An intoxicatingly unique literary voice that demands further attention.

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THE OLD WORLD DIES

In Jarrard’s (Cognac, 2008, etc.) satire, a prodigious artist and a multifarious cast of characters navigate their way through an unsettling urban landscape.

Paris is crumbling. Murderous gangs of teenage girls prowl the streets, and citizens are bracing themselves for a catastrophic civil collapse. Théo Carnot is a painter of nudes who wants to emerge from the shadow of his uncle Raymond, a distinguished watercolorist who recently died. Roland Jean-Marie Aymé is a taxi driver who’s bedazzled by the beauty of his partner, Marina, a “black-eyed creature from Mexico” with a beauty that’s almost “beyond believing.” Then there’s John Green, a suave, if overly bold, American who casually says that he owns a couple of paintings “by that fellow Monet, and I think one by his friend, almost the same name.” These characters intermingle with a vast, diverse network of other people in a dreamlike swirl. There is a plot here, punctuated by adventure and romance, but locating it is akin to discovering the eye of a hurricane. Part of the joy of the book is in forcing one’s way through what initially appear to be relentless, fragmented images and thoughts in order to understand its central structure and how its characters fit together. The language often apes the moodily introspective monologues of 1950s French art-house films: “Do I look like another man? / The man I know, and there is this improvement. / Roland runs his hand over his head. / Younger? / And older. Both. There is this balance. It’s interesting.” The surreal elements, as when artists find themselves wandering in the Pyrenees looking for light, are reminiscent of André Breton’s Nadja (1928). But it’s all deliciously tongue-in-cheek. It’s a challenge to turn a page without finding an example of Jarrard’s inimitably observant approach to prose: “She had wanted to go out of the station and see Basseville for herself, this place where girl murderers come from, but everything is dark and smoky in the beyond and the high-rises stand like grave markers of a race of giants who died in the crepuscule.”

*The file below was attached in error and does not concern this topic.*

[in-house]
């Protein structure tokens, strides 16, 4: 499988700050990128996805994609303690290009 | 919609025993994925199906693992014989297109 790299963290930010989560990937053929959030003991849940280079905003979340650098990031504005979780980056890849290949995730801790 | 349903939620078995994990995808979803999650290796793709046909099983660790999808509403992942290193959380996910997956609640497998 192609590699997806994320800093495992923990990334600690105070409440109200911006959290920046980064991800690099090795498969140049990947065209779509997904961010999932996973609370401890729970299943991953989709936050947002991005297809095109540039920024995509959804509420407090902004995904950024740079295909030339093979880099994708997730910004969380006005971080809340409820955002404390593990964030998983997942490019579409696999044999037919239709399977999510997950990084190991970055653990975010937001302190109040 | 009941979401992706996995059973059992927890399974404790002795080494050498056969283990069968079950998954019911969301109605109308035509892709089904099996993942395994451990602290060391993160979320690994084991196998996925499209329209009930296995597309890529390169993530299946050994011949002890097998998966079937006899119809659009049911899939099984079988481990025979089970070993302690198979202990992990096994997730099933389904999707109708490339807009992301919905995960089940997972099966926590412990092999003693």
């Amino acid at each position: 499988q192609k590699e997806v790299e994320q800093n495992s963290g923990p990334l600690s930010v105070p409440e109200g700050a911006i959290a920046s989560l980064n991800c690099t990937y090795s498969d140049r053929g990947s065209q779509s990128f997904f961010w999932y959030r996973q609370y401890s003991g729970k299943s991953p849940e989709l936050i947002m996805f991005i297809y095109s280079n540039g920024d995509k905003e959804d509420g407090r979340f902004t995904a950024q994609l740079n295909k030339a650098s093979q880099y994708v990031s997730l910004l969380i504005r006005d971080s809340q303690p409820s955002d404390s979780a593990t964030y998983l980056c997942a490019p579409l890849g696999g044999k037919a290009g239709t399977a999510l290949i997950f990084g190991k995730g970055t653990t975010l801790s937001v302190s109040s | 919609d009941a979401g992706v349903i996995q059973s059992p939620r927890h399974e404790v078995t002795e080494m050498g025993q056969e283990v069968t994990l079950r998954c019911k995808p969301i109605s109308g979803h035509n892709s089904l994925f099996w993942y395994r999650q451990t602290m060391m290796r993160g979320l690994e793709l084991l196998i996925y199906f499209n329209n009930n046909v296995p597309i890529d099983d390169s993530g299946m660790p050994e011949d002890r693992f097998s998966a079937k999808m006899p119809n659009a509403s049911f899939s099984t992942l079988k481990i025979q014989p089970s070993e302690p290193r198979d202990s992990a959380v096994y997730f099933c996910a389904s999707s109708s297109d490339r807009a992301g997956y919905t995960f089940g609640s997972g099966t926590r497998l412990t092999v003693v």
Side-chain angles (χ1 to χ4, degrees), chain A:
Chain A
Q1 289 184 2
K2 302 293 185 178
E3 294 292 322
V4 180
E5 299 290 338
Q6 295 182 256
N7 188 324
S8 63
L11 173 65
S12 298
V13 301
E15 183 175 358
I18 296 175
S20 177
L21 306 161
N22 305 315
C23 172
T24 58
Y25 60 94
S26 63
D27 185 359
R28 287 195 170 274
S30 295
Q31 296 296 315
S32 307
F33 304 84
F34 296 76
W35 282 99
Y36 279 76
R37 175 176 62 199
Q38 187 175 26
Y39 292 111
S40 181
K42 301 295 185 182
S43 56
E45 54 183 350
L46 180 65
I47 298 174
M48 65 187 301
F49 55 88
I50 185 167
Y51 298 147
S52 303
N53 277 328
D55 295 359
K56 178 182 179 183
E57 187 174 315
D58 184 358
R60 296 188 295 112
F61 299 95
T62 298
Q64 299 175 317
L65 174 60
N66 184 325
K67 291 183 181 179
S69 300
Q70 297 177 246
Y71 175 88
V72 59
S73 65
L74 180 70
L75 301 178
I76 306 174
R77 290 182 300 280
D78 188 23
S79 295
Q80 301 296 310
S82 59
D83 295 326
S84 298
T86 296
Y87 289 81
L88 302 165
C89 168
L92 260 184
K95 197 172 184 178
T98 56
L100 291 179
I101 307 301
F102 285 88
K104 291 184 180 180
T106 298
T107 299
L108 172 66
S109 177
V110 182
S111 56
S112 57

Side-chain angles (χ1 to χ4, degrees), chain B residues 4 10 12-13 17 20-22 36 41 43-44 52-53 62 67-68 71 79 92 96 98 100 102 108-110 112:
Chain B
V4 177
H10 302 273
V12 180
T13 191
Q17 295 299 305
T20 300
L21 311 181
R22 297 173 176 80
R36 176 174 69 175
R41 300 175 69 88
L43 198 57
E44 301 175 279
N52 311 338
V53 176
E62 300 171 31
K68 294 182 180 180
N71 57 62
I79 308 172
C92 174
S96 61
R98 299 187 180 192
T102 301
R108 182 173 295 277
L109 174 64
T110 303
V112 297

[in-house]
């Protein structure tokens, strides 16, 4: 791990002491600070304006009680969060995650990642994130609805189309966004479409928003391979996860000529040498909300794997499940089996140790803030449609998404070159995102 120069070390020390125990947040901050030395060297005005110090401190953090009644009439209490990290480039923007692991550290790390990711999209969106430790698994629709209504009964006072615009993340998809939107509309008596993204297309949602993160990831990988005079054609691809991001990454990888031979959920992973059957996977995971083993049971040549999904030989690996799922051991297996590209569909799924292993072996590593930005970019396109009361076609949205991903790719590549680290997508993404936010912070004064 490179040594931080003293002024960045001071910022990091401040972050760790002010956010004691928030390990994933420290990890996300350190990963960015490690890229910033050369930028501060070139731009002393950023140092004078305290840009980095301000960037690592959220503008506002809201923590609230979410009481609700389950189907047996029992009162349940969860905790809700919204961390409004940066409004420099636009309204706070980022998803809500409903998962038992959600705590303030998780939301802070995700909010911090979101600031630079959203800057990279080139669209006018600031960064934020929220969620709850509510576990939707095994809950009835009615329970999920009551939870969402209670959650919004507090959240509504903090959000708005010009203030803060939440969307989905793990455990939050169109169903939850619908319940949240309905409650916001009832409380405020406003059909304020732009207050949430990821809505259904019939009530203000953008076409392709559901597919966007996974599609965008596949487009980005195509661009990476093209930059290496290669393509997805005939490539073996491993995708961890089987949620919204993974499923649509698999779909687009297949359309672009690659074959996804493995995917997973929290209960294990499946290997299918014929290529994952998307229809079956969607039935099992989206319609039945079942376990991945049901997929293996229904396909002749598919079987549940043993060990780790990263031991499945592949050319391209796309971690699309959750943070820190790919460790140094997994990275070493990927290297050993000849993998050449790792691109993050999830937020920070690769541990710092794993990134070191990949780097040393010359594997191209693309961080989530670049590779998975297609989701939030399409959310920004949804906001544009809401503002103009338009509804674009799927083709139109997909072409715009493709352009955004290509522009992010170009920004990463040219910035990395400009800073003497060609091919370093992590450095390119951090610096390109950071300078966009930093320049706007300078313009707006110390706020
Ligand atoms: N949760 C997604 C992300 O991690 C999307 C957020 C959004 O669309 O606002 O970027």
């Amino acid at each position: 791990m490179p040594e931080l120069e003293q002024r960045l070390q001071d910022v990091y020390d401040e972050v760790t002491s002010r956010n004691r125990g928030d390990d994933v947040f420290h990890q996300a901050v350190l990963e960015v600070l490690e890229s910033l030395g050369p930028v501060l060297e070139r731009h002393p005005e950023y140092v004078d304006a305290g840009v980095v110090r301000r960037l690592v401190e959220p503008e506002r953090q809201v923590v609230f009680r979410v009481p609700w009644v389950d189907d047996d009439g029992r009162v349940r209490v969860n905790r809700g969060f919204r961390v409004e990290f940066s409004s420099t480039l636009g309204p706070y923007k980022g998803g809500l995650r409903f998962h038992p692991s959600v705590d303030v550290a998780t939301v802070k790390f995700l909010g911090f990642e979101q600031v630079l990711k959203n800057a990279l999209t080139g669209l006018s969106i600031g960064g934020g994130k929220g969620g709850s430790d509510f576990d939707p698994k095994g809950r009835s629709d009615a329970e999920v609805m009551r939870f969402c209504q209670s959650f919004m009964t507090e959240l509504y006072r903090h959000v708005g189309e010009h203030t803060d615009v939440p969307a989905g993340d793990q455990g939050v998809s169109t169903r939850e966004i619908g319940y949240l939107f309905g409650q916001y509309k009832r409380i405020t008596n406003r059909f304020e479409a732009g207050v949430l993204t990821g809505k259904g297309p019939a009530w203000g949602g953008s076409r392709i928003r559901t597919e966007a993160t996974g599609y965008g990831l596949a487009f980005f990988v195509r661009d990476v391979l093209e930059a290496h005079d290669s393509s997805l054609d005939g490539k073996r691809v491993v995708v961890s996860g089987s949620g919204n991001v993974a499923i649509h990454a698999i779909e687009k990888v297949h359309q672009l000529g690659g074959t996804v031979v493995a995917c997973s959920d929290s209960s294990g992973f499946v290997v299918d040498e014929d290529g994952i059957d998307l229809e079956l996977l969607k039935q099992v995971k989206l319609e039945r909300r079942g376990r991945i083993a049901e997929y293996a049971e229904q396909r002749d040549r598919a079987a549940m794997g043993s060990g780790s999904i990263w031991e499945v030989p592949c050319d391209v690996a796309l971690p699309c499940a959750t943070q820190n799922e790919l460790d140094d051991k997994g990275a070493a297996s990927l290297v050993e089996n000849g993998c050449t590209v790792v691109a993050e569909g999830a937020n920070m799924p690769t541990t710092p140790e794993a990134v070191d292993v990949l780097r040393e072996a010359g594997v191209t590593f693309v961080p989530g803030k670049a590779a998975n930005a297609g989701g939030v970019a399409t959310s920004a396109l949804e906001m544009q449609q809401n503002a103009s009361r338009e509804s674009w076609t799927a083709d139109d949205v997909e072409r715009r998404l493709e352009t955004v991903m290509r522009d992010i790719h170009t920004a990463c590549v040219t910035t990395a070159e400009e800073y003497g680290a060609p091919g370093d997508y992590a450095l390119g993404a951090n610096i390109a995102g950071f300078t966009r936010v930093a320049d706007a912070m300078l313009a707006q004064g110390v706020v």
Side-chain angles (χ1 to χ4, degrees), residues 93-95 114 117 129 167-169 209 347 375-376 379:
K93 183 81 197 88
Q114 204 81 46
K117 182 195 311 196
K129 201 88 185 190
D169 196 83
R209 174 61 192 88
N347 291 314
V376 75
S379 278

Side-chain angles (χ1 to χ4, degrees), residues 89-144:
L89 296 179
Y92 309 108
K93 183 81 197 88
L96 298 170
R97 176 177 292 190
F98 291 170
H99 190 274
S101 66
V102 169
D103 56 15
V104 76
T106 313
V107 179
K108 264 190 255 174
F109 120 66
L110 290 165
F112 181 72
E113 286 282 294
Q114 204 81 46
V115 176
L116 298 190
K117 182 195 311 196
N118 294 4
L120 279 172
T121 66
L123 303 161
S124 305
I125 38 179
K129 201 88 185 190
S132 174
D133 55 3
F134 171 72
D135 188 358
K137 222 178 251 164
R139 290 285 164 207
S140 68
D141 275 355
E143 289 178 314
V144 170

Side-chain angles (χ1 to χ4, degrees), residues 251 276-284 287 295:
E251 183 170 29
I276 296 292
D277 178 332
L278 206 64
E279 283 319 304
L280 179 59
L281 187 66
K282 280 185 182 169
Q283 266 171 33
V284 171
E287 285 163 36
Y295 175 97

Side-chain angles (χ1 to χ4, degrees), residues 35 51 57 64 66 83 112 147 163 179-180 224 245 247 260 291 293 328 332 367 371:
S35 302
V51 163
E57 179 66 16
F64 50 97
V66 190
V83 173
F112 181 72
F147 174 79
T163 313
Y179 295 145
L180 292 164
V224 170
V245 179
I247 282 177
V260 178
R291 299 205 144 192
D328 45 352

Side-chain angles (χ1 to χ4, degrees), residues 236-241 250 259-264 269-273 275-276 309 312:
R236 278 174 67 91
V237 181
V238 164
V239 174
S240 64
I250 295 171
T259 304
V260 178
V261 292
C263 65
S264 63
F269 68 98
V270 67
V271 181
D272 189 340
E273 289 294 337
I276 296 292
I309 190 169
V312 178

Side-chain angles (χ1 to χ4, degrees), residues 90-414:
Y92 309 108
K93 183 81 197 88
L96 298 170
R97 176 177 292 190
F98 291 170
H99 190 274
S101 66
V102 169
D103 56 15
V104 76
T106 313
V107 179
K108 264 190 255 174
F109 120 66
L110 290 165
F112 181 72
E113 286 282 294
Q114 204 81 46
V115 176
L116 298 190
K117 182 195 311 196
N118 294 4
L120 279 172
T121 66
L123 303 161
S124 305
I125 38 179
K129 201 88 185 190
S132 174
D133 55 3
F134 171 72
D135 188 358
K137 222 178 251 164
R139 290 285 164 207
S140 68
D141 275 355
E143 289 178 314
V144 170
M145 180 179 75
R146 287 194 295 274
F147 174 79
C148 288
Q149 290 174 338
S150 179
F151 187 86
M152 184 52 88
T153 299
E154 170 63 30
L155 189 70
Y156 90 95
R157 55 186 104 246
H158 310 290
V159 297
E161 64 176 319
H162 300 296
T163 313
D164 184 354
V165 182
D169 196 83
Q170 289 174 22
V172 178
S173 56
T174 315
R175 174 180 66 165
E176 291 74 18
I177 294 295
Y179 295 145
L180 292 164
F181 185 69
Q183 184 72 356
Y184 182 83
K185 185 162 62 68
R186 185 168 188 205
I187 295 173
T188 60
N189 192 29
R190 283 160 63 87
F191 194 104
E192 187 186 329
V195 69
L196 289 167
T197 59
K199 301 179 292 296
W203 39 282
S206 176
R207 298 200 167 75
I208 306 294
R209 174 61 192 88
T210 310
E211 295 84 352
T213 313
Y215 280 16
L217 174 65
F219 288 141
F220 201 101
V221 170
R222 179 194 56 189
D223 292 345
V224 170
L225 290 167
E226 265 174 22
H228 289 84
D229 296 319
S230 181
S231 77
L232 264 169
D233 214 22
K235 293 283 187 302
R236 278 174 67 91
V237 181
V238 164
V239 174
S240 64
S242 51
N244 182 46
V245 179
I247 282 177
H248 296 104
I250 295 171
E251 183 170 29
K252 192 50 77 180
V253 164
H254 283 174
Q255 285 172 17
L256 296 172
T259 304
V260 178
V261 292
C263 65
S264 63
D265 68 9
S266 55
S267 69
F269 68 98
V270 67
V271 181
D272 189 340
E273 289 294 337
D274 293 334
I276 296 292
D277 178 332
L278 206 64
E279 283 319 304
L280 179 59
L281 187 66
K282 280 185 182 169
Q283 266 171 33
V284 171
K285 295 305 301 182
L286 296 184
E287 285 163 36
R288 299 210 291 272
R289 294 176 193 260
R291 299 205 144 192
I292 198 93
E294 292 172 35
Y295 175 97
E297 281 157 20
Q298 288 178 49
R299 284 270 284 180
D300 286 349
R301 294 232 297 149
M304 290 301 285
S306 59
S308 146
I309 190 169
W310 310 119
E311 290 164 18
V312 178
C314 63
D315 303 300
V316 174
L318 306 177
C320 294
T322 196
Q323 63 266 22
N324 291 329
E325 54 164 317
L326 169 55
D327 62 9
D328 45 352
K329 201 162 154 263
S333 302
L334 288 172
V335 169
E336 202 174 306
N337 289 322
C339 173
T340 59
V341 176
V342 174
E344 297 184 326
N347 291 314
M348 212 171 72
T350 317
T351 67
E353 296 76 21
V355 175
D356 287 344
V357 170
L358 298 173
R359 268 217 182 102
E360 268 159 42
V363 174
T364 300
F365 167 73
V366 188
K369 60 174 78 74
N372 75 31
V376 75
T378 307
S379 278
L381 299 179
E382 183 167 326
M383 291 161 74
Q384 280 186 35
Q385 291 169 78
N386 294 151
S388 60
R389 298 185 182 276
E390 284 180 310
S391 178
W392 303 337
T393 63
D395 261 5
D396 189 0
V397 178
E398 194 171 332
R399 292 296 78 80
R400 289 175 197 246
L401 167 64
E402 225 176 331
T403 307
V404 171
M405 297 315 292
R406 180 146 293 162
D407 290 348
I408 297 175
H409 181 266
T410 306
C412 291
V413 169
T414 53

An intoxicatingly unique literary voice that demands further attention.

Pub Date: Jan. 15, 2018

ISBN: 978-1-976725-84-5

Page Count: 220

Publisher: Lune de Ville

Review Posted Online: Feb. 27, 2018

Kirkus Reviews Issue: April 15, 2018

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Kin “[find] each other’s lives inscrutable” in this rich, sharp story about the way identity is formed.

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THE VANISHING HALF

Inseparable identical twin sisters ditch home together, and then one decides to vanish.